HMD are in talks to launch a field marketing proposition to support the launch of their handsets in the UK, according to UK HMD GM Sarah Edge.
In an interview with Mobile Magazine, when asked about the brand’s retail training ambitions, Edge answered, ‘Yes, we’re currently looking at who we use for our field marketing but we feel it’s really key for Nokia. We’ve got some candidates, a few different options to decide between. We have to get people trained and get brand advocates in store, to make lives easier when staff are selling. We’d love to explore something a bit different with field marketing, different ways to create advocacy outside of a giant field teams.’
Nearly every manufacturer field marketing team uses an external agency to provide in store training to retail staff - Samsung use Blue Square, Sony use Infinite, Huawei use Channel Advantage and Alcatel use Alter. Many of the contracts limit the agencies from working with multiple companies within the same sector, meaning whoever HMD chose is likely to be a newcomer to the market, or Microsoft and Nokia’s old field marketing partner Retail Marketing Group.
The GM also discussed the reception to their MWC launches, stating, ‘It’s a bit of a dream for us in terms of all the press coverage, I think there was a leak a couple of weeks ago, we were quite gutted at the time but looking back it was quite a nice teaser actually, the coverage has been more than we could imagine. We want to talk about the smartphones as well but this was a really lovely way to announce that Nokia is here.’
With the 3310 grabbing the headlines at the event, Mobile asked whether HMD got the balance right between focusing on the feature phone and on the smartphones. Edge responded, ‘All our marketing approach from here on in will be focused on the smartphones. We think we’ve got enough interest in the smartphones; people are buying into the designs, the quality and the price point. We’ll give rivals run for their money.
She continued, ‘I don’t think anything since the first iPhone launch has received this much coverage, it’s got everyone talking about Nokia.'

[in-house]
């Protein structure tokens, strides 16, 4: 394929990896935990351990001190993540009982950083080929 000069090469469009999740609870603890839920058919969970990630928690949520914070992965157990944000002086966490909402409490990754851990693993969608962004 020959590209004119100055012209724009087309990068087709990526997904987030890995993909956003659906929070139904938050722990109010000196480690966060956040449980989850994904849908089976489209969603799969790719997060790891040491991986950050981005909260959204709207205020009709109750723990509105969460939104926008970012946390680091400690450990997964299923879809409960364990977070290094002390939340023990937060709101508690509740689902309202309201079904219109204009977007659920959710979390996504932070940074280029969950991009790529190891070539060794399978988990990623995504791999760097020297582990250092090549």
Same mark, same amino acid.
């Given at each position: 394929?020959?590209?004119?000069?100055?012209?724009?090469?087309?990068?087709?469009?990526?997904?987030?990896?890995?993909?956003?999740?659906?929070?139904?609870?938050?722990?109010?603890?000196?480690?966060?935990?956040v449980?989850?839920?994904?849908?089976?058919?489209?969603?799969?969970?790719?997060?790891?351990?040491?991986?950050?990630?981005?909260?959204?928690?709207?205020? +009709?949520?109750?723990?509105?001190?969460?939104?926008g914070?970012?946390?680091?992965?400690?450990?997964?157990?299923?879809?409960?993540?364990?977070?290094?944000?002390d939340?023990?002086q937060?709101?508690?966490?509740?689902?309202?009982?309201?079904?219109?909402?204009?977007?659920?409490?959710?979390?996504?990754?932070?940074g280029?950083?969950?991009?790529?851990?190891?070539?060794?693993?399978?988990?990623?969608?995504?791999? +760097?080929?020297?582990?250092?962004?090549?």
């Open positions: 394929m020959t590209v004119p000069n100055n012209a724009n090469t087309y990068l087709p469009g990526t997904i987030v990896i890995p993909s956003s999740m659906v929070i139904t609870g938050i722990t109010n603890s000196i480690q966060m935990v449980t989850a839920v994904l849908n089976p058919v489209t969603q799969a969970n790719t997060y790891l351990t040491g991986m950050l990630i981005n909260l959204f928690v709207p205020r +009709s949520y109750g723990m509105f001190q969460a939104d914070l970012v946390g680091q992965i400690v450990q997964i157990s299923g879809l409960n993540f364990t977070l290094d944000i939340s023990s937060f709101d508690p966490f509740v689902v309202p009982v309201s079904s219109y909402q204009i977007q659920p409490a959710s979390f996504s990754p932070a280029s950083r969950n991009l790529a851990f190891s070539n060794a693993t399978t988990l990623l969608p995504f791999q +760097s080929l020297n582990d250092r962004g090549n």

Achieving the right balance between the devices also relates to which devices are to be stocked on the high street, though according to Edge, it’s not a balance HMD will dictate to retailers, ‘We’ve got the likes of O2 who aren’t accrediting any new 2G devices, but they’ll be ranging other products with us subject to contract. But I don’t think there’s anyone who is just taking the 3310, everyone has been supporting us with the smartphones as well which is what we wanted. It’s not something we enforced either, it’s just what they want to do.’
Despite being under a year old as a company, HMD has secured access to many of the strongest retail channels in the UK, describing this, Edge told Mobile, ‘We are now working with Exertis in the UK to supply all our retail partners. We’ve went out and met them all now and any we’ve missed we will be seeing in the next few weeks. They are really excited, they’ve had so much success with Nokia in the past. The doors are open, now we just have to deliver on it at launch.
‘We’ve been really lucky, you can’t under estimate the power of the brand, not just with consumers but our retail partners as well. They want us to be successful. They want more variety, more competition in the market.’
‘Now we have to prove ourselves to the retailers, show that we can deliver and show that we can get the basics right. The phones are brilliant and they’ll do most of the work themselves but I’m very conscious that we have to deliver what is expected from Nokia.’
Commonly described as one of the toughest markets to crack, Edge gave a brief overview of the UK stating, ‘At the high end it’s dominated by two players which won’t come as a surprising comment to anyone. We know it’s a tough market in the UK but if you look at brands like Alcatel who’ve done really well through great quality and hard work, there is opportunity there and we owe it to consumers to give them more choice.’
Nokia’s last operating systems hosted on their devices, Symbian and Microsoft, both struggled to win over consumers. With the Nokia 3, 5 and 6, HMD chose to use pure Android. Asked whether this reduced differentiation between the Nokia handsets and every other pure android device, Sarah Edge answered, ‘I think times have moved on a little bit, it’s about what people want rather than what we’re trying to enforce. Consumers want pure android so much and we can’t go against that. We have to differentiate on our design and our partnerships. We also feel that going for pure android at this price point is differentiating.’